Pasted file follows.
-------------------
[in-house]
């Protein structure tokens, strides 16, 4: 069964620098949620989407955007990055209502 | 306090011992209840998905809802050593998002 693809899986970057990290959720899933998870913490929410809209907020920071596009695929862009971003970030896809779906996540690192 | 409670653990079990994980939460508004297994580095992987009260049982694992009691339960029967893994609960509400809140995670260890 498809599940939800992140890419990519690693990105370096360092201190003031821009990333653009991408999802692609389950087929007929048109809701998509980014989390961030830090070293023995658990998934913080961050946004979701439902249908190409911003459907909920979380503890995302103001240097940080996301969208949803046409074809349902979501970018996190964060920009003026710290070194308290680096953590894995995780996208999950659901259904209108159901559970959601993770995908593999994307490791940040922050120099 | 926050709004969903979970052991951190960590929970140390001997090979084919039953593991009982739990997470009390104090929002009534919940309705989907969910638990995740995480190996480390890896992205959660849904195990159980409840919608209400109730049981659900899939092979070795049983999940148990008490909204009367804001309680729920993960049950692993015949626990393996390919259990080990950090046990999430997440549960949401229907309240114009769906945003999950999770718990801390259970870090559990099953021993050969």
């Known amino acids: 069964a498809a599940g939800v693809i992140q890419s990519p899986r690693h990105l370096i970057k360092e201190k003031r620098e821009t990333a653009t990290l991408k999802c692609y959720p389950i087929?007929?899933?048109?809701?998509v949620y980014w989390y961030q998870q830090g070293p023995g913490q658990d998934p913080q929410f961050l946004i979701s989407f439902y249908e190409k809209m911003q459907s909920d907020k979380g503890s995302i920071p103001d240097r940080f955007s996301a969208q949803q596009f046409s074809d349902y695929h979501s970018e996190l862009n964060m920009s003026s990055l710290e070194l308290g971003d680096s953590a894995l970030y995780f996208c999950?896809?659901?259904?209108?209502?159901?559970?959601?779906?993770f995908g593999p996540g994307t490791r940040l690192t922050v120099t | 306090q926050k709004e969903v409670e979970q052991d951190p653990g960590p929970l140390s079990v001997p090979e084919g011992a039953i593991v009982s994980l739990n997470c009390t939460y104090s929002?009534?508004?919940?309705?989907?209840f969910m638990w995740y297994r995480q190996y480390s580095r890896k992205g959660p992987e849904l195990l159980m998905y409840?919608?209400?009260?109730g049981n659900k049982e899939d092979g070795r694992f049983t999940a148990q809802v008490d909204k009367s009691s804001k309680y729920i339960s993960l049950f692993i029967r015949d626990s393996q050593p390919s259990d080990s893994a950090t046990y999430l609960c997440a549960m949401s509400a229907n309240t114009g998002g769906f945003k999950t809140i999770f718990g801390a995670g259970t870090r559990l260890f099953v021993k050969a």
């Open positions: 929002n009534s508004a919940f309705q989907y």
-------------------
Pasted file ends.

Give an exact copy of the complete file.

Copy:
[in-house]
């Protein structure tokens, strides 16, 4: 069964620098949620989407955007990055209502 | 306090011992209840998905809802050593998002 693809899986970057990290959720899933998870913490929410809209907020920071596009695929862009971003970030896809779906996540690192 | 409670653990079990994980939460508004297994580095992987009260049982694992009691339960029967893994609960509400809140995670260890 498809599940939800992140890419990519690693990105370096360092201190003031821009990333653009991408999802692609389950087929007929048109809701998509980014989390961030830090070293023995658990998934913080961050946004979701439902249908190409911003459907909920979380503890995302103001240097940080996301969208949803046409074809349902979501970018996190964060920009003026710290070194308290680096953590894995995780996208999950659901259904209108159901559970959601993770995908593999994307490791940040922050120099 | 926050709004969903979970052991951190960590929970140390001997090979084919039953593991009982739990997470009390104090929002009534919940309705989907969910638990995740995480190996480390890896992205959660849904195990159980409840919608209400109730049981659900899939092979070795049983999940148990008490909204009367804001309680729920993960049950692993015949626990393996390919259990080990950090046990999430997440549960949401229907309240114009769906945003999950999770718990801390259970870090559990099953021993050969």
């Known amino acids: 069964a498809a599940g939800v693809i992140q890419s990519p899986r690693h990105l370096i970057k360092e201190k003031r620098e821009t990333a653009t990290l991408k999802c692609y959720p389950i087929?007929?899933?048109?809701?998509v949620y980014w989390y961030q998870q830090g070293p023995g913490q658990d998934p913080q929410f961050l946004i979701s989407f439902y249908e190409k809209m911003q459907s909920d907020k979380g503890s995302i920071p103001d240097r940080f955007s996301a969208q949803q596009f046409s074809d349902y695929h979501s970018e996190l862009n964060m920009s003026s990055l710290e070194l308290g971003d680096s953590a894995l970030y995780f996208c999950?896809?659901?259904?209108?209502?159901?559970?959601?779906?993770f995908g593999p996540g994307t490791r940040l690192t922050v120099t | 306090q926050k709004e969903v409670e979970q052991d951190p653990g960590p929970l140390s079990v001997p090979e084919g011992a039953i593991v009982s994980l739990n997470c009390t939460y104090s929002?009534?508004?919940?309705?989907?209840f969910m638990w995740y297994r995480q190996y480390s580095r890896k992205g959660p992987e849904l195990l159980m998905y409840?919608?209400?009260?109730g049981n659900k049982e899939d092979g070795r694992f049983t999940a148990q809802v008490d909204k009367s009691s804001k309680y729920i339960s993960l049950f692993i029967r015949d626990s393996q050593p390919s259990d080990s893994a950090t046990y999430l609960c997440a549960m949401s509400a229907n309240t114009g998002g769906f945003k999950t809140i999770f718990g801390a995670g259970t870090r559990l260890f099953v021993k050969a």
């Open positions: 929002n009534s508004a919940f309705q989907y």